I arrived in South Africa from Australia at the end of october, so I have 3 months in the country, but in december I left the country for a month and recently re-entered thinking I would get another 3 months. But they didn't give me the extra 3 months because they said I had to return to South Africa, so they only gave me the stamp for 3 more weeks, counting the 3 months from when I first entered.

Does anyone know if this is a new rule that you have to go back to where you came from? Because I thought I would get another 3 months as that is what happened with most people I know that didn't get a visa, and now it is too late to get a visa or an extension, does anyone know what will happen to me if I don't leave in 3 weeks and keep my original ticket which was 3 months?


4 Answers 4


Places like Europe have a rule like "maximum 90 days in any 180-day period", so taking a day trip to the next country will not produce another 90 days. Other places (Japan, for example) will provide another 90 days after a weekend trip elsewhere.

However, few countries appreciate people staying too long. You do not have to return to your country of origin, you just need to leave.

Looks like your choices are:

  • Pay the airline change fees and go home in 3 weeks.

  • Spend some time in Namibia / Botswana / Zimbabwe. Check with SA immigration to see if Swaziland qualifies as "leaving". You shouldn't have any problems on the way to your return flight as long as your total days in-country do not exceed the original allowance.

  • Spend some money and go to Europe for a while.

  • Hide in SA, hope no one notices when you leave. If they have outbound passport control they very likely will notice. Penalties can range from "Don't do it again!" to a return ban of several years to significant jail time.

  • 6
    Please don't spend any time in Zimbabwe
    – Michael M
    Commented Jan 9, 2015 at 18:08
  • 1
    I doubt Swaziland can count as leaving. Last time I went to Swaziland from SA, there was no border check and passport stamp ... so ... how would you prove, officially, that you left SA?
    – Michael M
    Commented Jan 9, 2015 at 18:10
  • South Africa does have outbound passport control.
    – alanh
    Commented Jan 9, 2015 at 20:39
  • 3
    @Michael.M: Have you been to Zimbabwe? I have. It's nice, lovely people there, eager to please tourists. Commented Jan 12, 2015 at 4:25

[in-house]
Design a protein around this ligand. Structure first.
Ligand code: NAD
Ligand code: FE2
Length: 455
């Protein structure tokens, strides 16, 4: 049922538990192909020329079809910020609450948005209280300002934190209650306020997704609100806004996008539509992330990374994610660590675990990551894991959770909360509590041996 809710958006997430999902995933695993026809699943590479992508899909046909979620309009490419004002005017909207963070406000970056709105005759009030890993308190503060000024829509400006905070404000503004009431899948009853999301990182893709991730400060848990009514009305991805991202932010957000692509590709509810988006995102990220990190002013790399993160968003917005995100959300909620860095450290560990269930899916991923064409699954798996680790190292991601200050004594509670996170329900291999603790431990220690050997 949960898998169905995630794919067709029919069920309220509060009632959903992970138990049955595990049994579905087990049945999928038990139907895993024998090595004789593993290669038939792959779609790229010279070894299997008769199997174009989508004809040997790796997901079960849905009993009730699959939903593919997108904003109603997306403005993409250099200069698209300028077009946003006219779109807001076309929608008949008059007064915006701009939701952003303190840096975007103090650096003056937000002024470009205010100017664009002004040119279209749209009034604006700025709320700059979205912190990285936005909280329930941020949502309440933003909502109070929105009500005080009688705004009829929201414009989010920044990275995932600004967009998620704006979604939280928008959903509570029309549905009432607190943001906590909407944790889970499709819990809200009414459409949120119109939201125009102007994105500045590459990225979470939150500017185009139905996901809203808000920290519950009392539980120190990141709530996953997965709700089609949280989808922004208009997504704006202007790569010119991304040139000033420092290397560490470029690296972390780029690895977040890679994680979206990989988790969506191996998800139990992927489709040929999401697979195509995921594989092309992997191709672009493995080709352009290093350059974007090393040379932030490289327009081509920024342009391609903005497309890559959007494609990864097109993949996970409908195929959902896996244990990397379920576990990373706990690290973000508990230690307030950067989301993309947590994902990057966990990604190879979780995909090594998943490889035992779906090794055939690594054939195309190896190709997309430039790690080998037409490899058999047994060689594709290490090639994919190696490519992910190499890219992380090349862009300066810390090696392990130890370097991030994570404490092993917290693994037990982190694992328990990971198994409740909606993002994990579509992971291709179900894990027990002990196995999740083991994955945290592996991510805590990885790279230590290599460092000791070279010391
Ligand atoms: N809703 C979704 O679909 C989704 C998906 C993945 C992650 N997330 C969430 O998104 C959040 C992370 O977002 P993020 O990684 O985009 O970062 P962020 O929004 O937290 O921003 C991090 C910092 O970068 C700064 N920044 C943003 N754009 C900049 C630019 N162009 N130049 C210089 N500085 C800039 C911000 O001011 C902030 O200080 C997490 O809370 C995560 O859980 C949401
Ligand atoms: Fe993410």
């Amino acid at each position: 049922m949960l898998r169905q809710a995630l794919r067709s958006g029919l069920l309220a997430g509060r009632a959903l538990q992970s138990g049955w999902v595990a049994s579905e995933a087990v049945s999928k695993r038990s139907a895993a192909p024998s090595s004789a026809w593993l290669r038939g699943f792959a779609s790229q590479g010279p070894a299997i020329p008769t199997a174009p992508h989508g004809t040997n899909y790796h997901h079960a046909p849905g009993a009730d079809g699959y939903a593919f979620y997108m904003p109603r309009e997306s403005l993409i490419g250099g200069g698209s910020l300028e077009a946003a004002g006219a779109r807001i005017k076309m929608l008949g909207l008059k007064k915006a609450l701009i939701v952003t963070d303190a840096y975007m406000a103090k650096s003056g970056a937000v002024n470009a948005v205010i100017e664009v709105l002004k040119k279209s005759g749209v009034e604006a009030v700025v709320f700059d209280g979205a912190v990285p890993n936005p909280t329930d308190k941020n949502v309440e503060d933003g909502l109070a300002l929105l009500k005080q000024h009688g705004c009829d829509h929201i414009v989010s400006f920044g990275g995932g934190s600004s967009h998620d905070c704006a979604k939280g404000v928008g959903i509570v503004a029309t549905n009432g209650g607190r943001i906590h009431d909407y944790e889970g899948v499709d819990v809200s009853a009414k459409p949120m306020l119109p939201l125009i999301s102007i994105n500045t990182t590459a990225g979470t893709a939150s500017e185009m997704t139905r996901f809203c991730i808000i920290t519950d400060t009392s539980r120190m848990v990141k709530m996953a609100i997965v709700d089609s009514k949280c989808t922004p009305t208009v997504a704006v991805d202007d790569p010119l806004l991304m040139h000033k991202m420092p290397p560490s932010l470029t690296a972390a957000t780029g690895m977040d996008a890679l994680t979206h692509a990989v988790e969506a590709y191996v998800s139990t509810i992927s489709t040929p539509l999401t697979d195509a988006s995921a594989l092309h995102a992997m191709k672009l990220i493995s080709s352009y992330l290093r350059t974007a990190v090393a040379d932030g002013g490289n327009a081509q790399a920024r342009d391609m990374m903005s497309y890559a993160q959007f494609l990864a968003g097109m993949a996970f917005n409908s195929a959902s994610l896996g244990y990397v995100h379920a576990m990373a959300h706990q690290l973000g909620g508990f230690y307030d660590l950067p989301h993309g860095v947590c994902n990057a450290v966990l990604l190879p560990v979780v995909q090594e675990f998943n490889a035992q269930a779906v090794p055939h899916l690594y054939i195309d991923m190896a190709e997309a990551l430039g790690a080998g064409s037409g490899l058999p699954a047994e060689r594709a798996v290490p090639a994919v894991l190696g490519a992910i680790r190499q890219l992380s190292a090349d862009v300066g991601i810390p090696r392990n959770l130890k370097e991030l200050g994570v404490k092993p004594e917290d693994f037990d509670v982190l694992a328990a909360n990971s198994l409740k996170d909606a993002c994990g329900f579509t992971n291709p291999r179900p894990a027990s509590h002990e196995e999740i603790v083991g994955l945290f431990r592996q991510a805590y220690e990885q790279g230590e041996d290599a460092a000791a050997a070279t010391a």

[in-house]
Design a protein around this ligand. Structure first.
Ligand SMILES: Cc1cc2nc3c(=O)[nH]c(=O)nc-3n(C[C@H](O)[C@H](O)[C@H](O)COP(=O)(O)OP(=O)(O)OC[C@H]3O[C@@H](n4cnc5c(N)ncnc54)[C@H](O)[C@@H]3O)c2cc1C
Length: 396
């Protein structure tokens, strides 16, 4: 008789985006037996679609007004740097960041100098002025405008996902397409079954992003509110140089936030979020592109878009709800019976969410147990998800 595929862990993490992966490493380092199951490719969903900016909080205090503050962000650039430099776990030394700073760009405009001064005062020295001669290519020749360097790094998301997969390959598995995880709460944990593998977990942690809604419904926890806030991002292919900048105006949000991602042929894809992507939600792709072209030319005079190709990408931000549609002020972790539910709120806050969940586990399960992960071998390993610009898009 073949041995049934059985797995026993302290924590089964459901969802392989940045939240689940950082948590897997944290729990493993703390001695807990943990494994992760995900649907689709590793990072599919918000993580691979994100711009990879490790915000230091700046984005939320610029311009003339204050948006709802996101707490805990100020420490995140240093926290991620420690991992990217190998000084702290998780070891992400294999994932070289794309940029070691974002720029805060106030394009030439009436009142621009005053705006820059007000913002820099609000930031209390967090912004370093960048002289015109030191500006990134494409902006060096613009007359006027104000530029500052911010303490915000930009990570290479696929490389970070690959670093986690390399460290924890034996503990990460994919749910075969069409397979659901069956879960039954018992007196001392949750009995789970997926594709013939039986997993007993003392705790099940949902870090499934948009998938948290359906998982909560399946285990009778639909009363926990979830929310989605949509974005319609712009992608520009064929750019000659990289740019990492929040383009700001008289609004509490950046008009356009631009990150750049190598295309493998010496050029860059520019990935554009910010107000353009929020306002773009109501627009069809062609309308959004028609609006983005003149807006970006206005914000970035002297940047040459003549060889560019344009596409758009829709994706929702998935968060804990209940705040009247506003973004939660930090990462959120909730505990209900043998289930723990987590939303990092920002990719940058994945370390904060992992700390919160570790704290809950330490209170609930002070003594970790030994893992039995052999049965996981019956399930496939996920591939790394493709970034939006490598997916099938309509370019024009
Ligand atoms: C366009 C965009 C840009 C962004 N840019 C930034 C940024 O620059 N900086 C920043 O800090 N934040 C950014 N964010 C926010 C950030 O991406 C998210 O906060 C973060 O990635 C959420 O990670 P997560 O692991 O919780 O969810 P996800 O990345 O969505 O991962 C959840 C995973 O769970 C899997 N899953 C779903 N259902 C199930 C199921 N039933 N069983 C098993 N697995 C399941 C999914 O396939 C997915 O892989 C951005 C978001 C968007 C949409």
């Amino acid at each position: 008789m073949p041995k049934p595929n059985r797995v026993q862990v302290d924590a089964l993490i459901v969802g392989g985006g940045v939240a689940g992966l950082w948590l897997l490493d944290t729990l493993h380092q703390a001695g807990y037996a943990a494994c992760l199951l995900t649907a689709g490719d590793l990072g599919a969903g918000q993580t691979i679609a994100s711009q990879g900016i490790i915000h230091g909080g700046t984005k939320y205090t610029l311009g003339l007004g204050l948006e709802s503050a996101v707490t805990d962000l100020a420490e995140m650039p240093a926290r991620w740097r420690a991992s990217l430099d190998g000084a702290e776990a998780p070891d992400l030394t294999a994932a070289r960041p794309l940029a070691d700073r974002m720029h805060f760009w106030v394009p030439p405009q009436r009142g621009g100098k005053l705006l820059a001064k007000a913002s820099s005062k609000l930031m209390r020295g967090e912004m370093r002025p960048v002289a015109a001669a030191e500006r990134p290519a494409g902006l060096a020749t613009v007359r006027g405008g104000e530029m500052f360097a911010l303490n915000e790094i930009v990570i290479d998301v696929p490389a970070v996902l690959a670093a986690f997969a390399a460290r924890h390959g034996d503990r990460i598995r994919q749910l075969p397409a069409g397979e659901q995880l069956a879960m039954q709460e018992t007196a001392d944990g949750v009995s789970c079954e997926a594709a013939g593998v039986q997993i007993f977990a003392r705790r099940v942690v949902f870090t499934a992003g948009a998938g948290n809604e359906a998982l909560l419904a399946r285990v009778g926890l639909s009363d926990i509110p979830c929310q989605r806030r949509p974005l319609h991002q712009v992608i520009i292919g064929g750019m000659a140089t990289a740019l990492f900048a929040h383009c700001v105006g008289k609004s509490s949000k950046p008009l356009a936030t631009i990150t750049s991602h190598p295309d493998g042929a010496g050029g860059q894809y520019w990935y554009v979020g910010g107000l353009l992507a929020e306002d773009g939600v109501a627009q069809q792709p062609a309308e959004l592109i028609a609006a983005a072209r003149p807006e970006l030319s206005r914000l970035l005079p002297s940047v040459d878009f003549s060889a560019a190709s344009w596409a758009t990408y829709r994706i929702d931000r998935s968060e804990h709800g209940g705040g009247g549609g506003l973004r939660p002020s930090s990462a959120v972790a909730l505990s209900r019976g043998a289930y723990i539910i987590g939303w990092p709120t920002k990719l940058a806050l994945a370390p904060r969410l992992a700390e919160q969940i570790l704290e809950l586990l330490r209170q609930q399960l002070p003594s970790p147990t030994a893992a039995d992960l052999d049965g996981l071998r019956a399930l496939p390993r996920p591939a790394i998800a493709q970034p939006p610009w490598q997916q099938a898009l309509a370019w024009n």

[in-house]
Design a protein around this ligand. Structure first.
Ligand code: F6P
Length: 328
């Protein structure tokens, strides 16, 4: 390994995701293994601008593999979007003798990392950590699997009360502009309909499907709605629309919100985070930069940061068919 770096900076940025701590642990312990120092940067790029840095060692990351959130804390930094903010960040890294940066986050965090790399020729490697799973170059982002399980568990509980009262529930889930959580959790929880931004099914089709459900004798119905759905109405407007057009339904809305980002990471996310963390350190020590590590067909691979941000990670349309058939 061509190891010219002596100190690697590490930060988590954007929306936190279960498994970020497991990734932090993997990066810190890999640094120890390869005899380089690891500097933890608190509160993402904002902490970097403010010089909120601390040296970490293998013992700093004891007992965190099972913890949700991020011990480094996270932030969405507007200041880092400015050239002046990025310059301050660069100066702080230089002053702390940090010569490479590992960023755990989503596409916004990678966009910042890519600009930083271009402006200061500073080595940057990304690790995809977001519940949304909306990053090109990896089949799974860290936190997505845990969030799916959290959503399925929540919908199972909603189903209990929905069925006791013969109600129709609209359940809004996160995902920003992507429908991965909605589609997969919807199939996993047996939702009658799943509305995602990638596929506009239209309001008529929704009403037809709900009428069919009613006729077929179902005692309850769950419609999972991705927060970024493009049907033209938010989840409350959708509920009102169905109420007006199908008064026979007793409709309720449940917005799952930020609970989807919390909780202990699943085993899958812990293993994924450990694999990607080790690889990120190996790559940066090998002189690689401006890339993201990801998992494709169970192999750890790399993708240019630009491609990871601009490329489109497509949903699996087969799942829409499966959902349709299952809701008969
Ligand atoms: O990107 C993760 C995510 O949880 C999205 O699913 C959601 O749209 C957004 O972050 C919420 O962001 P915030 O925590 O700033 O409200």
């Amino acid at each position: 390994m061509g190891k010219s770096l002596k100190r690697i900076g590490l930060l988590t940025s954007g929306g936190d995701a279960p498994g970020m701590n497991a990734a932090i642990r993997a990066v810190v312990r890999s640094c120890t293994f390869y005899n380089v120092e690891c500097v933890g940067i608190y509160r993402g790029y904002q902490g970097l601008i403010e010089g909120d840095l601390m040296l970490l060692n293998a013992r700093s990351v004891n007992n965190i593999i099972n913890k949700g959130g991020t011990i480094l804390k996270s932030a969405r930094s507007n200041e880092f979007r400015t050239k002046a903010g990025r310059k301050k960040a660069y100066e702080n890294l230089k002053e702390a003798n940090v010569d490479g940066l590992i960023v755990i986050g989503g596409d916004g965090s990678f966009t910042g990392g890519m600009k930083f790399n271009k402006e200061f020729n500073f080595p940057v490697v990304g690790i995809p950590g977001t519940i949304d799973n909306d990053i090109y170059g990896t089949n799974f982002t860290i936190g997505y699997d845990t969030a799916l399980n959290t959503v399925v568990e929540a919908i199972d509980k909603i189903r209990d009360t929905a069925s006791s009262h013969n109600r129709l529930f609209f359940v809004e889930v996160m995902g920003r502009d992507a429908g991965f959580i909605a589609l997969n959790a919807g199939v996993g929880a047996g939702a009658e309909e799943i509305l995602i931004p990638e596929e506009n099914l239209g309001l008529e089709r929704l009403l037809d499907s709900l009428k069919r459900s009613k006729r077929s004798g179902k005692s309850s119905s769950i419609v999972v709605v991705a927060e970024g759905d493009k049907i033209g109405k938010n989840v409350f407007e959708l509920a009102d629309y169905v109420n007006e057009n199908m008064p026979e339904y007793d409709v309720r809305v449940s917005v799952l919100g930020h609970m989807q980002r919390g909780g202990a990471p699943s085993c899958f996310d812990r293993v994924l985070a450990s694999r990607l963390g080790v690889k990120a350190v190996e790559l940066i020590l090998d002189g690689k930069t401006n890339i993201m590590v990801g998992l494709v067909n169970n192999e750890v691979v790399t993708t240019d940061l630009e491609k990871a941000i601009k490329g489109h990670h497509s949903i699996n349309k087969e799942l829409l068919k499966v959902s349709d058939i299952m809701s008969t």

• 2
    @JohnZwinck I lived in SA and visited various countries around SA. Personally I prefer countries with less crazy dictators. I really like Namibia.
    – Michael M
    Commented Jan 12, 2015 at 18:47

A follow up to my prior note as requested.

I emailed Home Affairs every week between March & May 2015 requesting that my overstay be waived due to valid medical reasons. I included all the required documentation from doctors & hospitals. I also included a cover letter to make it as clear as possible that my absence from my post as a Peace Corps Volunteer in Lesotho was placing a hardship on the organization that I had been assigned to serve. I also included photos of me with the kids in the orphanage where I worked. Happy to say that after 8 weeks RSA Home Affairs responded with a letter approving the waiver & allowing me to return to RSA without issue. I was able to return to Lesotho via RSA in June 2015. I have been working at the orphanage ever since. Best wishes.


It maybe part of the tightening of immigration rules that went into effect last summer, as on my recent trip to the southern part of the African continent, they did the same for us. Each time we came back to SA they entered the same "until" date based on the first entry stamp.

Your choices are limited to spending the next few months in neighboring countries, then flying back to connect with your flight home. This way you only transit, don't officially re-enter SA.

Pay the airline change fee and go home before your three weeks are up.

Or overstay and be listed as an "Undesirable Person". Aside from having an undesirable stamp in your passport listing you as an undesirable person in SA, you will be banned from traveling there for anywhere from 1 to 5 years.


My experience with overstay undesirable status:I am a USA citizen & Peace Corps Volunteer and I was serving in Lesotho when I had an accident & broke several bones. I was transported to Bloemfontein where I was hospitalized for 5 weeks before returning to the USA to complete my recovery. When I initially crossed the Lesotho-South Africa land border, my passport was stamped & apparently only received a 7-day stay. Peace Corps did not know that I would be classified as undesirable for one year when I left SA via the Johnnesburg International Airport for the USA. I submitted a waiver request to Home Affairs on March 10 and still have not had a response from SA Home Affairs though I write to them frequently asking for a status. PP

  • 1
    Any update on your request? Commented Nov 8, 2015 at 19:33

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